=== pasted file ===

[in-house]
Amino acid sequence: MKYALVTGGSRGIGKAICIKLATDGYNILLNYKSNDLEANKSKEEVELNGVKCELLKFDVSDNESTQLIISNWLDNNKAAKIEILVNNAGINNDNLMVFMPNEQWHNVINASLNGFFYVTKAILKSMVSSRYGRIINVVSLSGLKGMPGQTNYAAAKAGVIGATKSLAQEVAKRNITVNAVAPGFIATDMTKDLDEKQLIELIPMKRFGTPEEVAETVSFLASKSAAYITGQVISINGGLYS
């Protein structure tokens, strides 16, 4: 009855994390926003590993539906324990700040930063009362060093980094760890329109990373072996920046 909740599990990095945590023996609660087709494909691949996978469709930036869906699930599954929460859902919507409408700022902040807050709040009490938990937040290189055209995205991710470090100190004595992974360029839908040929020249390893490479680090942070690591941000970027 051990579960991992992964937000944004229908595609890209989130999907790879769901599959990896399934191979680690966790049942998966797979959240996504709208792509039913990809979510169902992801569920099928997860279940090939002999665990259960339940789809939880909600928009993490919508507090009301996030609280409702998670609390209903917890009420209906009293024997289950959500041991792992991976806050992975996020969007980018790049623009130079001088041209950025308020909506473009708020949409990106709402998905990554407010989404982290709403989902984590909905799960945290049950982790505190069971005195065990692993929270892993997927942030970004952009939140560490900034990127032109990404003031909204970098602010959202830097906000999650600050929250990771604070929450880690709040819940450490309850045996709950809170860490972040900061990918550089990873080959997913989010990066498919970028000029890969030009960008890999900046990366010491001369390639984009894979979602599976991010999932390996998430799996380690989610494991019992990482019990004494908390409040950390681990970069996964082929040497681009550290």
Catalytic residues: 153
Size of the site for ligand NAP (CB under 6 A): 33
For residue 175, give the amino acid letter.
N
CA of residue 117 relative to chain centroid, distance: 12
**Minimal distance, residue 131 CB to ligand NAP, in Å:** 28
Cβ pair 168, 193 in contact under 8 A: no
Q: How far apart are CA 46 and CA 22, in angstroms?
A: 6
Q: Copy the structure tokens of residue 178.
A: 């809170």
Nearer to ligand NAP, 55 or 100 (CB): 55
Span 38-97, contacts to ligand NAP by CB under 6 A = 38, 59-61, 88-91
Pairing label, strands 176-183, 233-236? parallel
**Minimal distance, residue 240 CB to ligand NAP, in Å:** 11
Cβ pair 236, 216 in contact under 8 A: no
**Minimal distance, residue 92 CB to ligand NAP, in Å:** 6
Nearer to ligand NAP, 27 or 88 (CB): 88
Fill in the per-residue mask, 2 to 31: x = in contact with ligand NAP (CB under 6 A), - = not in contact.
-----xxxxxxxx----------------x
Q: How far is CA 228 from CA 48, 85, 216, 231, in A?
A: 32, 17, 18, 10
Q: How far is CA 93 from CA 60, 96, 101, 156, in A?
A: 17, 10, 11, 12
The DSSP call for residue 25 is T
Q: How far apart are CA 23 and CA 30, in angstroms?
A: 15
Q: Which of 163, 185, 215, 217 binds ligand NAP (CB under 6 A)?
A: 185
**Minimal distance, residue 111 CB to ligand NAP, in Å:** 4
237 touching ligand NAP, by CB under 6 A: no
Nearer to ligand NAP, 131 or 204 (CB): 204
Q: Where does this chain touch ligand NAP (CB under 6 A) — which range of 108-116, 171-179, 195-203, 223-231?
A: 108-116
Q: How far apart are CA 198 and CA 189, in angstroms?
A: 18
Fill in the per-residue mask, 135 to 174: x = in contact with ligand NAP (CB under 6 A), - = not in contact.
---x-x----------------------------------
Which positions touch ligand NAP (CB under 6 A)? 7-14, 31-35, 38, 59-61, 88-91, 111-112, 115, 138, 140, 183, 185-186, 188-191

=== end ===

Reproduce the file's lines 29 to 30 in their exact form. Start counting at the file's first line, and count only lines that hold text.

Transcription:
Q: How far apart are CA 23 and CA 30, in angstroms?
A: 15